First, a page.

**Browse more Topics Under Quadratic Equations**

- Introduction to Quadratic Equations
- Solving Quadratic Equations
- Application of Quadratic Equations
- Nature of Roots

## Roots of a Quadratic Equation

^{2}+ bx + c = 0. We can write:

α = (-b-√b^{2}-4ac)/2a** ** and β = (-b+√b^{2}-4ac)/2a

Here a, b, and c are real and rational. Hence, the nature of the roots α and β of equation ax^{2} + bx + c = 0 depends on the quantity or expression (b^{2} – 4ac) under the square root sign. We say this because the root of a negative number can’t be any real number. Say x^{2} = -1 is a quadratic equation. There is no real number whose square is negative. Therefore for this equation, there are no real number solutions.

Hence, the expression (b^{2} – 4ac) is called the discriminant of the quadratic equation ax^{2} + bx + c = 0. Its value determines the nature of roots as we shall see. Depending on the values of the discriminant, we shall see some cases about the nature of roots of different quadratic equations.

## Nature Of Roots

Let us recall the general solution, α = (-b-√b^{2}-4ac)/2a and β = (-b+√b^{2}-4ac)/2a

- Case I: b
^{2}– 4ac > 0

When a, b, and c are real numbers, a ≠ 0 and the discriminant is positive, then the roots α and β of the quadratic equation ax^{2} +bx+ c = 0 are real and unequal.

- Case II: b
^{2}– 4ac = 0

When a, b, and c are real numbers, a ≠ 0 and the discriminant is zero, then the roots α and β of the quadratic equation ax^{2}+ bx + c = 0 are real and equal.

- Case III: b
^{2}– 4ac < 0

When a, b, and c are real numbers, a ≠ 0 and the discriminant is negative, then the roots α and β of the quadratic equation ax^{2} + bx + c = 0 are unequal and not real. In this case, we say that the roots are imaginary.

- Case IV: b
^{2}– 4ac > 0 and perfect square

When a, b, and c are real numbers, a ≠ 0 and the discriminant is positive and perfect square, then the roots α and β of the quadratic equation ax^{2} + bx + c = 0 are real, rational and unequal.

- Case V: b
^{2 }– 4ac > 0 and not perfect square

When a, b, and c are real numbers, a ≠ 0 and the discriminant is positive but not a perfect square then the roots of the quadratic equation ax^{2} + bx + c = 0 are real, irrational and unequal.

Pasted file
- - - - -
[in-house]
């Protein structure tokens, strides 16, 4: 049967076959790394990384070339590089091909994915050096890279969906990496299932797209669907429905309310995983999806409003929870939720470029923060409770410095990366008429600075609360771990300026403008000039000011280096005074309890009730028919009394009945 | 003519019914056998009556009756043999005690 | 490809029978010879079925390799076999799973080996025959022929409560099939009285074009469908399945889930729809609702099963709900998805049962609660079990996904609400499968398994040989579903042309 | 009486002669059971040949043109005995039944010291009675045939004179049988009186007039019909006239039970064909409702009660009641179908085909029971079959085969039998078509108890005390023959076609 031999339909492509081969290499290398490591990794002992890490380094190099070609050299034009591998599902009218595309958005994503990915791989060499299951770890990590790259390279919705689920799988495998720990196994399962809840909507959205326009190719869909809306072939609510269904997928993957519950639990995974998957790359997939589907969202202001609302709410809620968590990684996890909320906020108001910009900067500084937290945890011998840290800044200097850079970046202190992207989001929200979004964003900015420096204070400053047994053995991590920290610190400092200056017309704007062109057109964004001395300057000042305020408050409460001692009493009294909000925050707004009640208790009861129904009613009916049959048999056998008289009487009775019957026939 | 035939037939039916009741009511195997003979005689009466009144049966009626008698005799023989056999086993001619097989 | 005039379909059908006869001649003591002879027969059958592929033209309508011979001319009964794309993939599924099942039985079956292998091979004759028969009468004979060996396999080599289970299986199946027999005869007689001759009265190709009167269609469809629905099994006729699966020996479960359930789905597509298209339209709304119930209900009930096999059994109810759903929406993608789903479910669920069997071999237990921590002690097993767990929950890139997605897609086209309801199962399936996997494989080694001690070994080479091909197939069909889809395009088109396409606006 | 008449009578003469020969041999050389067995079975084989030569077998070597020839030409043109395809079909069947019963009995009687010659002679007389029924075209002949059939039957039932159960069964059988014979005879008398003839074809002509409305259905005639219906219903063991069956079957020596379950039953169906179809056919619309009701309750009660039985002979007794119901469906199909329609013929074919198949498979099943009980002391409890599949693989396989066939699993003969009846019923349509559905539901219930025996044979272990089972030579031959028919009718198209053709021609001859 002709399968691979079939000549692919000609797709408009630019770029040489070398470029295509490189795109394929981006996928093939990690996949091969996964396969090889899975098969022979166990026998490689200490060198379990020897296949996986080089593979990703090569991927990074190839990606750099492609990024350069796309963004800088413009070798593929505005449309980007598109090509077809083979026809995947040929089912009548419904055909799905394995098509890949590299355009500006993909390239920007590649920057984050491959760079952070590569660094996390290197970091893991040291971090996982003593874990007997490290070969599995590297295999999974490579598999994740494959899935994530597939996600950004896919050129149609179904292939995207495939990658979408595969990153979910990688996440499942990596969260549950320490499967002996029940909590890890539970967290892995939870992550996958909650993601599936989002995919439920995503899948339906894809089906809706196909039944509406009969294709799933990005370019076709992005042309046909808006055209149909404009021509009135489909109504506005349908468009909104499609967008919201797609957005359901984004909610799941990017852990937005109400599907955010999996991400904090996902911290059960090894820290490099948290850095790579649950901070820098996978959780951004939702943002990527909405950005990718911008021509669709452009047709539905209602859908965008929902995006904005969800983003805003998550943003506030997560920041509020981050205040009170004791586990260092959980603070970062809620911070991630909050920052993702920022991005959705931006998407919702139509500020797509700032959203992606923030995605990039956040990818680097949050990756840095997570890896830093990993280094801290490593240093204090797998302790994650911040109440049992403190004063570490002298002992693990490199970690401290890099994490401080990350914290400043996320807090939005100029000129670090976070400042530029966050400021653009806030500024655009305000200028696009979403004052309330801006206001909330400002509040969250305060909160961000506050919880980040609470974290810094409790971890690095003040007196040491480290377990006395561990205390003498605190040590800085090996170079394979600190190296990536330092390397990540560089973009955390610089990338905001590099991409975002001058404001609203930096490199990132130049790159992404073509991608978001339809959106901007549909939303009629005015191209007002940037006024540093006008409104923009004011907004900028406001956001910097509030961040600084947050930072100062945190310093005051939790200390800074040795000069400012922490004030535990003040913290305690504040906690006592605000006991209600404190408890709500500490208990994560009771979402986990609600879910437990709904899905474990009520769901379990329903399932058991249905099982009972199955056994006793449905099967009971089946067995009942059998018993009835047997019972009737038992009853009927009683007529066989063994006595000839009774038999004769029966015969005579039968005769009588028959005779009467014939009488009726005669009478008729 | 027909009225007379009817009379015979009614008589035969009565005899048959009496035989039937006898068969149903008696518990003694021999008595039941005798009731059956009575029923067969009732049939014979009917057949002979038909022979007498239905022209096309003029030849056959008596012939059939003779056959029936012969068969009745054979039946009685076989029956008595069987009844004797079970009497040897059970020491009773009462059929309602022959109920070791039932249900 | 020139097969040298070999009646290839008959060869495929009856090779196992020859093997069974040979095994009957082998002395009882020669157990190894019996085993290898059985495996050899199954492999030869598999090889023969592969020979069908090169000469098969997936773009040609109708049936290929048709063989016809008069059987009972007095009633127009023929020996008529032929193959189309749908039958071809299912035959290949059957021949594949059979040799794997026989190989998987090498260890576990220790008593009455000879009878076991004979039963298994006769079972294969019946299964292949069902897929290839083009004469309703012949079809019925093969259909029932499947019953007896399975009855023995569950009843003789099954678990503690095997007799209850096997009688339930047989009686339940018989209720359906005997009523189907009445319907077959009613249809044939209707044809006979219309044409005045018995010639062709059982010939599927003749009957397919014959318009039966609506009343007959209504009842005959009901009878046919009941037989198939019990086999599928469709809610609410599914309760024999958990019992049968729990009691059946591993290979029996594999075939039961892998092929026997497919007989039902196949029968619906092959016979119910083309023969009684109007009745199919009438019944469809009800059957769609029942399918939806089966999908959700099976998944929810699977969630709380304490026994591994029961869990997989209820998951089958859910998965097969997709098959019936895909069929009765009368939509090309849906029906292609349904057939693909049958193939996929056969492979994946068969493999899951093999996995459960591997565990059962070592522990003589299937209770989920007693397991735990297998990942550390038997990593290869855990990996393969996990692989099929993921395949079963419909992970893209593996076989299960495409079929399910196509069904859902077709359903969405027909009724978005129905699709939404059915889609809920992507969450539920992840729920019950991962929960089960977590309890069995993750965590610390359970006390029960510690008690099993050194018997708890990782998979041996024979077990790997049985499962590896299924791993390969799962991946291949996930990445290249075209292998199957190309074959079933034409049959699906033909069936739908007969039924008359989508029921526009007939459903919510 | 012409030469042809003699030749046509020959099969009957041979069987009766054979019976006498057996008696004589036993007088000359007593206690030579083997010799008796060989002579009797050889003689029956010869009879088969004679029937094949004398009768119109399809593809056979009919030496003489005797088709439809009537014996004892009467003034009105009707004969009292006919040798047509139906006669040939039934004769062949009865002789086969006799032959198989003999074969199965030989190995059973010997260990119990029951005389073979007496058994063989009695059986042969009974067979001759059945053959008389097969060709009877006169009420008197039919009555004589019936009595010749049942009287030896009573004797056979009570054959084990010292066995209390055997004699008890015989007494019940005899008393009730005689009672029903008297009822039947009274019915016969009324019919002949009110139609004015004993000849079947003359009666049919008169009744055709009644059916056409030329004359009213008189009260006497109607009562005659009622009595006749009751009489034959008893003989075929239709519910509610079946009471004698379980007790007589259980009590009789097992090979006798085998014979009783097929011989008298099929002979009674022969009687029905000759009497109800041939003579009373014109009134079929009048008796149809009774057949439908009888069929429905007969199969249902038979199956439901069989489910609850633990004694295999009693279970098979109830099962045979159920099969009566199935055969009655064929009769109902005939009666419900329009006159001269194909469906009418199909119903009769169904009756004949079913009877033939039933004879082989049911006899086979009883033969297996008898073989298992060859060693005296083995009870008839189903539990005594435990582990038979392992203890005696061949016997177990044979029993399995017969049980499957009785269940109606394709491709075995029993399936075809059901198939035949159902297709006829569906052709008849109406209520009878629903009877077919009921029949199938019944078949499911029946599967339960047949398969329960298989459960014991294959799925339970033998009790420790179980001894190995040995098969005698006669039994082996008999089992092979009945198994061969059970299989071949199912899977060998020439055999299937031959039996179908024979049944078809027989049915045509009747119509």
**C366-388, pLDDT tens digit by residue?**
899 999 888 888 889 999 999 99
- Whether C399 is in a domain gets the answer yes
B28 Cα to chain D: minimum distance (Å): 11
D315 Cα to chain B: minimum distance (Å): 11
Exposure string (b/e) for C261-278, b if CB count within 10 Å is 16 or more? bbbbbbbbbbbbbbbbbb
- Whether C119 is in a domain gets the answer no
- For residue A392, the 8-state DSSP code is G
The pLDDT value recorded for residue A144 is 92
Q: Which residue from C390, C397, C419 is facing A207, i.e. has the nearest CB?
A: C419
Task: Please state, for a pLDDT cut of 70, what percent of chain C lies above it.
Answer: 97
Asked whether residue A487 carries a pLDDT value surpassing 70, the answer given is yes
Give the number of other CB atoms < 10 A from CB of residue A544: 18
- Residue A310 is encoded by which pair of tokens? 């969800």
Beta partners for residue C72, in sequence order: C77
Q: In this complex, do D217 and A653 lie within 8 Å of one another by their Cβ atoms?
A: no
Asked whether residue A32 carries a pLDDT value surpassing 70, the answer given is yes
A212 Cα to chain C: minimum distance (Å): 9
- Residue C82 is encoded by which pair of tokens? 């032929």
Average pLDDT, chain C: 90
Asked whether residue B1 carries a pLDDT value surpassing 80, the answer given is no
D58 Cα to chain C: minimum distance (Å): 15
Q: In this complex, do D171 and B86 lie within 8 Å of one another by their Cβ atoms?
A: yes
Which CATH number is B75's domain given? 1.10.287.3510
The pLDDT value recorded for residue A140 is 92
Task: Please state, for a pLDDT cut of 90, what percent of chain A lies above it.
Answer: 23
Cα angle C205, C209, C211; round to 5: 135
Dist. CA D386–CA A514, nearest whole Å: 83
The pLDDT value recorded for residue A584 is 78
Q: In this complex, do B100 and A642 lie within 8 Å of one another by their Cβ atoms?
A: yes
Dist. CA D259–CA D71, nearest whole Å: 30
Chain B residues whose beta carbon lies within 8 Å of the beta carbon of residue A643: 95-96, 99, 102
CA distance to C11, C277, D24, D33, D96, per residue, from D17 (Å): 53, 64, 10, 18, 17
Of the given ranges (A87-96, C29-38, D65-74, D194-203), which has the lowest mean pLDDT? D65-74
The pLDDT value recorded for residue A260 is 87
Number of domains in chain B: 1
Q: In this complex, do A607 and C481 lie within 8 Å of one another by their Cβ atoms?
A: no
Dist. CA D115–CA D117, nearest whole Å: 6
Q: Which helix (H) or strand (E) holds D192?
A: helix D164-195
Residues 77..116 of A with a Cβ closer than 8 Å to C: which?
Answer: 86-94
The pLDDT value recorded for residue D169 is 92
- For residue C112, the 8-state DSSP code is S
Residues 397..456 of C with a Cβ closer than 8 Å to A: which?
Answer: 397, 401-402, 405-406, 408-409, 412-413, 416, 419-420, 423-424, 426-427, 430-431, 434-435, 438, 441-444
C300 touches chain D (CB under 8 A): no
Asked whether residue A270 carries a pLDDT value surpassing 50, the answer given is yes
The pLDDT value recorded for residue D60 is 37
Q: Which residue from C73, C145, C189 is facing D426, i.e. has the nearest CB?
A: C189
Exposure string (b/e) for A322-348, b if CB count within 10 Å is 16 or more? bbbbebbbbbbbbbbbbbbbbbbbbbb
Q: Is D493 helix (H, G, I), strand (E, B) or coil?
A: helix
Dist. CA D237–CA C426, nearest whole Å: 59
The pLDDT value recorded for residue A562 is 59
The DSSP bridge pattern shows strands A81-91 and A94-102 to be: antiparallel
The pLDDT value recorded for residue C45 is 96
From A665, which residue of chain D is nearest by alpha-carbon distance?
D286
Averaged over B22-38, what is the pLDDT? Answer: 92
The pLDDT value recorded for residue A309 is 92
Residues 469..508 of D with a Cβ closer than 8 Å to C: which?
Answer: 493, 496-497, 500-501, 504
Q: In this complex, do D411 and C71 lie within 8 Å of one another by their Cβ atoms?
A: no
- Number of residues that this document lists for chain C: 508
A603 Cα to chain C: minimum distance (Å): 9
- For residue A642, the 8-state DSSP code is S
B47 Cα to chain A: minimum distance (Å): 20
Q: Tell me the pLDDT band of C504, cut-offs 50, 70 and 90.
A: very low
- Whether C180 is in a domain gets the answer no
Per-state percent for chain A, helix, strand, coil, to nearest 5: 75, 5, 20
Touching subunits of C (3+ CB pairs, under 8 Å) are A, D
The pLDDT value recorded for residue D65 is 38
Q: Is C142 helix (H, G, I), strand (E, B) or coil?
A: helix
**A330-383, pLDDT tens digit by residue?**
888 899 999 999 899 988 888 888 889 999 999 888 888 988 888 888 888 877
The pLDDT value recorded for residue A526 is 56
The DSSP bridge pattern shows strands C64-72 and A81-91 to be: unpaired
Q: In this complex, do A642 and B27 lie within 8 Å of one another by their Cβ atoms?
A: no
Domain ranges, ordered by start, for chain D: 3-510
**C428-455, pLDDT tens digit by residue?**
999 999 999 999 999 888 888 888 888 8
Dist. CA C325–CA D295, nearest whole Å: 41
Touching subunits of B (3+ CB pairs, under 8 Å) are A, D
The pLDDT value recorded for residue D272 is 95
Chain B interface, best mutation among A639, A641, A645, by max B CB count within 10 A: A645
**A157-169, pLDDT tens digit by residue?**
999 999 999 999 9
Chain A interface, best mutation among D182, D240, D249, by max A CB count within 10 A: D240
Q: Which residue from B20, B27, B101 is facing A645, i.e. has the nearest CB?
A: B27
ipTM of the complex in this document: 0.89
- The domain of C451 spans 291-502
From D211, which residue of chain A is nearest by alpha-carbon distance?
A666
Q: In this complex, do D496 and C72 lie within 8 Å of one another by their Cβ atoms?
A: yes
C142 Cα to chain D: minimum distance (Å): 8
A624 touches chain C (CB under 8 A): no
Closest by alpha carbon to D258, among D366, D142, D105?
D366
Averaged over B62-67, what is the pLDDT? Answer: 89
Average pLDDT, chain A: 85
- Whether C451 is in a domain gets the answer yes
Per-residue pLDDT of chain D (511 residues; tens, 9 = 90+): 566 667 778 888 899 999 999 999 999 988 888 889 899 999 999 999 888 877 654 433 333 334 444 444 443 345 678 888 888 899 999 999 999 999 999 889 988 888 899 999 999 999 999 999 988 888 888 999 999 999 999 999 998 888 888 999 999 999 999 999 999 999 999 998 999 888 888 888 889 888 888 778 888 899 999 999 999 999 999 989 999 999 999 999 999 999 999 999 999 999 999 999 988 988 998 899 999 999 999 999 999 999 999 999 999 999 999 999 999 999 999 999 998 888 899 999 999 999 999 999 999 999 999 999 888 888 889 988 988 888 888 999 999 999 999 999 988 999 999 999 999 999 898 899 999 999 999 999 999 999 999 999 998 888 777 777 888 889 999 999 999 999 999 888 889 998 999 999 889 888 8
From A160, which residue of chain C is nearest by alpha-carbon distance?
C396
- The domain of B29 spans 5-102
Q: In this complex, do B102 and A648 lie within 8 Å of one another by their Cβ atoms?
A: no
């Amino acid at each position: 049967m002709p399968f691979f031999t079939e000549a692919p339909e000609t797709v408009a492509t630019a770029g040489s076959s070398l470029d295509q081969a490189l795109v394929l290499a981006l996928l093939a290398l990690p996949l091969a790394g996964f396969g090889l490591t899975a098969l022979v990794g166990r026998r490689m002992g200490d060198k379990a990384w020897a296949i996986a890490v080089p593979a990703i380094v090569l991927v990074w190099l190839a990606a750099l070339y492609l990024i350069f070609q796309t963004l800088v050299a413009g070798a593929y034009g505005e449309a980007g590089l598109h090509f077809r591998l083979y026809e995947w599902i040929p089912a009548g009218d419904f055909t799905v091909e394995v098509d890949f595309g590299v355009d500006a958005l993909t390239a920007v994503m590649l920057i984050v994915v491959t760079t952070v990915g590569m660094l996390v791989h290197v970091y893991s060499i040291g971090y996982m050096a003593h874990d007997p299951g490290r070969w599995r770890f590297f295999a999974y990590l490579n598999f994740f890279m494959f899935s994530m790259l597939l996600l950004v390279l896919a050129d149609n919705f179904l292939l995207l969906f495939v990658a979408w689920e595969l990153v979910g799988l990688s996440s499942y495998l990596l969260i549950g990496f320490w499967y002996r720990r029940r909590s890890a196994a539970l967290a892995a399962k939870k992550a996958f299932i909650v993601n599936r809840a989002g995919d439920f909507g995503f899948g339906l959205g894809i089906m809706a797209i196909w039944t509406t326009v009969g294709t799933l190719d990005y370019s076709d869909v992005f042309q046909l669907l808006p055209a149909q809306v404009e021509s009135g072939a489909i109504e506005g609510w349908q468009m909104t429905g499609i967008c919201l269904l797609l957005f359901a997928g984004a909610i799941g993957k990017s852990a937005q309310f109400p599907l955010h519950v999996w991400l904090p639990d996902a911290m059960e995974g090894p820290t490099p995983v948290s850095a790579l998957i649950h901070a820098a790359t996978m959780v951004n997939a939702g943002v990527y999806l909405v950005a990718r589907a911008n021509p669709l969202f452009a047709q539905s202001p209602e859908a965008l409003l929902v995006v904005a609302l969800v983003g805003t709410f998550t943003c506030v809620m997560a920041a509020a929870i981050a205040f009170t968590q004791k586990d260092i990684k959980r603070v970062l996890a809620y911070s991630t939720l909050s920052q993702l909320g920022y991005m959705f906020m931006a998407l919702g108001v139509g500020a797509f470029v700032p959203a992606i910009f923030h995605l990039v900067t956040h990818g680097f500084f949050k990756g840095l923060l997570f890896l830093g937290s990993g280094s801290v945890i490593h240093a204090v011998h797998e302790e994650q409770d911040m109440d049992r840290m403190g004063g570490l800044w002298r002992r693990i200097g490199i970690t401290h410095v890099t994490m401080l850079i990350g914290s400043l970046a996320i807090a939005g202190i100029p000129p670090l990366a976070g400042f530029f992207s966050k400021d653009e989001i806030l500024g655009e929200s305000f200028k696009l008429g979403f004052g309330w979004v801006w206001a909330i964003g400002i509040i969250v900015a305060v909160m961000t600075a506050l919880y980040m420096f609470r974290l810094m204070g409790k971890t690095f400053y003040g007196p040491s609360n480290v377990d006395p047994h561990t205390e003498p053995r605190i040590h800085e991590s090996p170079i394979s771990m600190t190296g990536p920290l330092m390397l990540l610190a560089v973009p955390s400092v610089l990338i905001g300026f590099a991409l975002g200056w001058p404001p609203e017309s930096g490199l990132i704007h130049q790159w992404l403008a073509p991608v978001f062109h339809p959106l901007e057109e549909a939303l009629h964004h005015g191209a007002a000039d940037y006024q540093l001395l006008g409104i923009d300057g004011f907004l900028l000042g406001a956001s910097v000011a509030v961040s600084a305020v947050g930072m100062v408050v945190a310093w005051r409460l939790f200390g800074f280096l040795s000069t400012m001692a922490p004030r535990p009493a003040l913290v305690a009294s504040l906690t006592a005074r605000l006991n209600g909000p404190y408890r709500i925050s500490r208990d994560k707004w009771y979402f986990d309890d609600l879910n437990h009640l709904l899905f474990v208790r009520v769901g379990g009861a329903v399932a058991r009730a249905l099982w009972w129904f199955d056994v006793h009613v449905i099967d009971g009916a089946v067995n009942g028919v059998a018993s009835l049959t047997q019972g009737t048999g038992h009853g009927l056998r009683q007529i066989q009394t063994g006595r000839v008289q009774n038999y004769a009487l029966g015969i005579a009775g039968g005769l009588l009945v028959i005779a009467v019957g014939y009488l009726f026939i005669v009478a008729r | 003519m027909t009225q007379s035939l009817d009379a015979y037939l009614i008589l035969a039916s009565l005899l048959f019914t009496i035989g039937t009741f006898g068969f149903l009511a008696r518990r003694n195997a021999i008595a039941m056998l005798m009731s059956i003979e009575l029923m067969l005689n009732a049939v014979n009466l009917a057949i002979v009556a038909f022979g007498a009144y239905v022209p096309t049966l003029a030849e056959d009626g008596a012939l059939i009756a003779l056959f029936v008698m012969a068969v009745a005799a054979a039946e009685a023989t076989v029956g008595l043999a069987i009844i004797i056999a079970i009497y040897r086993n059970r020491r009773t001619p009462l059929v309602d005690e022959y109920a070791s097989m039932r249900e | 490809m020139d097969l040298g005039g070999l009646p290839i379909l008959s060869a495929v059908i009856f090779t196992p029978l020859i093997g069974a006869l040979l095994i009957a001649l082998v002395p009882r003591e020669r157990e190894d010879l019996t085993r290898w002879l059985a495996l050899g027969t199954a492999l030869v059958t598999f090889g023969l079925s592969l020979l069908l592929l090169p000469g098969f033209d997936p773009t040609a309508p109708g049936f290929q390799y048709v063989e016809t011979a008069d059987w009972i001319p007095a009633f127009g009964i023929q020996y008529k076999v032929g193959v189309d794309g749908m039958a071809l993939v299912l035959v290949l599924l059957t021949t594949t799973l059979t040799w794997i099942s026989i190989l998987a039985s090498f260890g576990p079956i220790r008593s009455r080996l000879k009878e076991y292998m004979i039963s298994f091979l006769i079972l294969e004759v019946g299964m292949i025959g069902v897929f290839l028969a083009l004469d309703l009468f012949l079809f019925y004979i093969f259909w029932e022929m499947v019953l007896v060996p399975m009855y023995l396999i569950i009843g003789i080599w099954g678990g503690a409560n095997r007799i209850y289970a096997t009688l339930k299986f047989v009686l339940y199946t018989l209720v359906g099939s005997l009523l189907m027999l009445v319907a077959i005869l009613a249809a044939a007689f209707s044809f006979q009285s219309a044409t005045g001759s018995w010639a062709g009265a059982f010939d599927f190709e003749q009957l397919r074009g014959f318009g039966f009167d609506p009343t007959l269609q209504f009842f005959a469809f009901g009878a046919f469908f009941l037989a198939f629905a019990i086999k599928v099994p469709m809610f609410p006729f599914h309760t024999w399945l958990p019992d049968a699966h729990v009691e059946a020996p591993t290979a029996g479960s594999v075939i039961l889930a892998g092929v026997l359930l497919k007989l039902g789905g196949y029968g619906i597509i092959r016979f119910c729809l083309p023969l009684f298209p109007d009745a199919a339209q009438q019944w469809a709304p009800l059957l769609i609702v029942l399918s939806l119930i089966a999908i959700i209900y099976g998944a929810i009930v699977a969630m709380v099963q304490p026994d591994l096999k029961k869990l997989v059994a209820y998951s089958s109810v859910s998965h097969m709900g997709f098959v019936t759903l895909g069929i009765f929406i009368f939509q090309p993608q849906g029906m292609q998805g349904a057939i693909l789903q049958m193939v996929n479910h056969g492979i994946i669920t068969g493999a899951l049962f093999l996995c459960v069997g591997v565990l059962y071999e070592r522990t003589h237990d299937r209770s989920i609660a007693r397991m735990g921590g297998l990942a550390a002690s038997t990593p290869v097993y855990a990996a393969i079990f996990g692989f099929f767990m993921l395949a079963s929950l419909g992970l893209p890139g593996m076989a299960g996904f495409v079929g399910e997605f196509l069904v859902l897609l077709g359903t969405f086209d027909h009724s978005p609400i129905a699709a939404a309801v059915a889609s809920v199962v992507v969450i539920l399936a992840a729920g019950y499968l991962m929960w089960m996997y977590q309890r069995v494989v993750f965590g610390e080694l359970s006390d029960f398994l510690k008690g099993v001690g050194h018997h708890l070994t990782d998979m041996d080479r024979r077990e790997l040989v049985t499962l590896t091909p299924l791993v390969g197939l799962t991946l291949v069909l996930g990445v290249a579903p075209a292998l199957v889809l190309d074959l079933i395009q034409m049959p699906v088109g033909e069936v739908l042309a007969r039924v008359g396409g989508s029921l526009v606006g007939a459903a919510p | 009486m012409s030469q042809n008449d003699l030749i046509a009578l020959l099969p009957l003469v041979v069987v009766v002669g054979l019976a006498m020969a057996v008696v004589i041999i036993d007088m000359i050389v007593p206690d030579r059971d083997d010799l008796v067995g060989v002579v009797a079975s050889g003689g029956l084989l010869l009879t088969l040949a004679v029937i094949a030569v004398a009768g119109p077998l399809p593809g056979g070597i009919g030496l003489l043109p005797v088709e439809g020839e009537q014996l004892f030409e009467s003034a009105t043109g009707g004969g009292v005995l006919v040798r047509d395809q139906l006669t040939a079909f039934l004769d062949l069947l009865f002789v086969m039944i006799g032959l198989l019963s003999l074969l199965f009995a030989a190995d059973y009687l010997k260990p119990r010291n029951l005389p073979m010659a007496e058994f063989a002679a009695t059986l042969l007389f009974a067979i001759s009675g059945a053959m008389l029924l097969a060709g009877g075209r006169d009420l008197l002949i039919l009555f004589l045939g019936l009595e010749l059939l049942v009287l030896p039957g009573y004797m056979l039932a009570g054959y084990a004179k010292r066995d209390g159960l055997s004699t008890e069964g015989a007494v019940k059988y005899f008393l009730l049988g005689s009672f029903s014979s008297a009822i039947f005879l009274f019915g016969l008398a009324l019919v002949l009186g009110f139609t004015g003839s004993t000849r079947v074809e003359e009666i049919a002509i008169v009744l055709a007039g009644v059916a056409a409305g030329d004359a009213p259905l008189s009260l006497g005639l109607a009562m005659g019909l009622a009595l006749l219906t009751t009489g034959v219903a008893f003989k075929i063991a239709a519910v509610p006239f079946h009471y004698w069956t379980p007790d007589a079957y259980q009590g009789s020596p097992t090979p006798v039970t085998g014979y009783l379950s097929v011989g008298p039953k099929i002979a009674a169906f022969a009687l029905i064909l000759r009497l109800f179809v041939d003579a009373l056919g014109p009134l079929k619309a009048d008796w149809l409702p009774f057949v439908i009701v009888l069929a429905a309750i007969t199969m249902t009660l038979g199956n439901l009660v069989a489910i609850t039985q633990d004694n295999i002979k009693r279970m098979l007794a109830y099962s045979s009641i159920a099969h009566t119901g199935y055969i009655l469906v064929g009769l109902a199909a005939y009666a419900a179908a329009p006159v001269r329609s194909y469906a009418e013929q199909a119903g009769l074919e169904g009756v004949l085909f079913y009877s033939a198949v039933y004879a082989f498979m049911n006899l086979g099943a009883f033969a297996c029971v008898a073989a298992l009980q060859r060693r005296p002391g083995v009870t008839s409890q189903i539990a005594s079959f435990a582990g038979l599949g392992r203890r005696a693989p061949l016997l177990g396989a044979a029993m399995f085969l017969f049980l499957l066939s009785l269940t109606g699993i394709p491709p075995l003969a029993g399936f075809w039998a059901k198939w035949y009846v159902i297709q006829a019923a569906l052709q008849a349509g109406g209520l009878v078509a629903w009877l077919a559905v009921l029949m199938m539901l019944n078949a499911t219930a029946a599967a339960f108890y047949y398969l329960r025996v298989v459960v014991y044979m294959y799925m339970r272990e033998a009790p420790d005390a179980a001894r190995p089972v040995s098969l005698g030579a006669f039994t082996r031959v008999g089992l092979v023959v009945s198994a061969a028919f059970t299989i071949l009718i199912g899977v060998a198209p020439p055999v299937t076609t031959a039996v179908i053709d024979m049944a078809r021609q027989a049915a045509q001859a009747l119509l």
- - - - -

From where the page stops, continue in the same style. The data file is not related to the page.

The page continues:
Here the roots α and β form a pair of irrational conjugates.

- Case VI: b
^{2 }– 4ac > 0 is perfect square and a or b is irrational

When a, b, and c are real numbers, a ≠ 0 and the discriminant is a perfect square but any one of a or b is irrational then the roots of the quadratic equation ax^{2} + bx + c = 0 are irrational.

Let us just summarize all the above cases in this table below:

b^{2} – 4ac > 0 |
Real and unequal |

b^{2} – 4ac = 0 |
Real and equal |

b^{2 }– 4ac < 0 |
Unequal and Imaginary |

b^{2} – 4ac > 0 (is a perfect square) |
Real, rational and unequal |

b^{2} – 4ac > 0 (is not a perfect square) |
Real, irrational and unequal |

b^{2} – 4ac > 0 (is aperfect square and a or b is irrational) |
Irrational |

### Let us put this to practice

*Example 1: *Discuss the nature of the roots of the quadratic equation 2x^{2 }– 8x + 3 = 0.

Solution: Here the coefficients are all rational. The discriminant D of the given equation is

D = b^{2 }– 4ac = (-8)^{2} – 4 x 2 x 3

= 64 – 24

= 40 > 0

Clearly, the discriminant of the given quadratic equation is *positive* but not a *perfect* *square*. Therefore, the roots of the given quadratic equation are *real*, *irrational* and *unequal*.

Example 2: Without solving, examine the nature of roots of the equation 4x^{2 }– 4x + 1 = 0?

Solution: The discriminant D of the given equation is

D = b^{2 }– 4ac

= (-4)^{2 }– (4 x 4 x 1)

= 16-16=0

Clearly, the discriminant of the given quadratic equation is *zero.* Therefore, the roots are *real* and *equal*. Hence, here we have understood the nature of roots very clearly.

*What are three different methods to solve Quadratic Equations?*

## More Solved Examples For You

Example 3: Determine the value(s) of p for which the quadratic equation 2x^{2 }+ px + 8 = 0 has equal roots:

A) p = ±64 B) p = ±8 C) p = ±4 D) p = ±16

Soution: B) The Discriminant of the given equation = 0 [Because the roots are equal]

Therefore, p^{2} – 4(2)(8) = 0 or p^{2} = 64

Thus, p = ±8

**Solved Questions for You**

**Question 1: What are the nature of roots?**

**Answer**: The nature of roots simply means the category in which the roots are falling upon. The roots may be imaginary, real, unequal or equal. If the discriminate is negative, the roots will be imaginary.

**Question 2: What does a negative discriminant mean?**

**Answer**: A positive discriminant denotes that the quadratic has two different real number solutions. A discriminant of zero denotes that the quadratic consists of a repeated real number solution. A negative discriminant denotes that neither of the solutions is real numbers.

**Question 3: What is a negative quadratic?**

**Answer**: A quadratic expression that always takes positive values is referred to as positive definite, while one that always takes negative values is referred to as negative definite. Moreover, quadratics of either type do not ever take the value 0, thus their discriminant is negative.

**Question 4: Why is the discriminant important?**

**Answer**: The quadratic equation discriminant is significant since it tells us the number and kind of solutions. This information is useful as it serves as a double check when we solve quadratic equations by any of the four techniques. The four techniques are factoring, completing the square, using square roots, and using the quadratic formula.

how do we state the nature of quadratics

A polynomial can have real numbers as zero(ie rational and irrational)to decide it’s nature we can use the relationship between the coefficients and zero (by comparing sum and product of zeroes)

HI

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If d 0 – real & distinct roots

d =0 – real & equal roots ….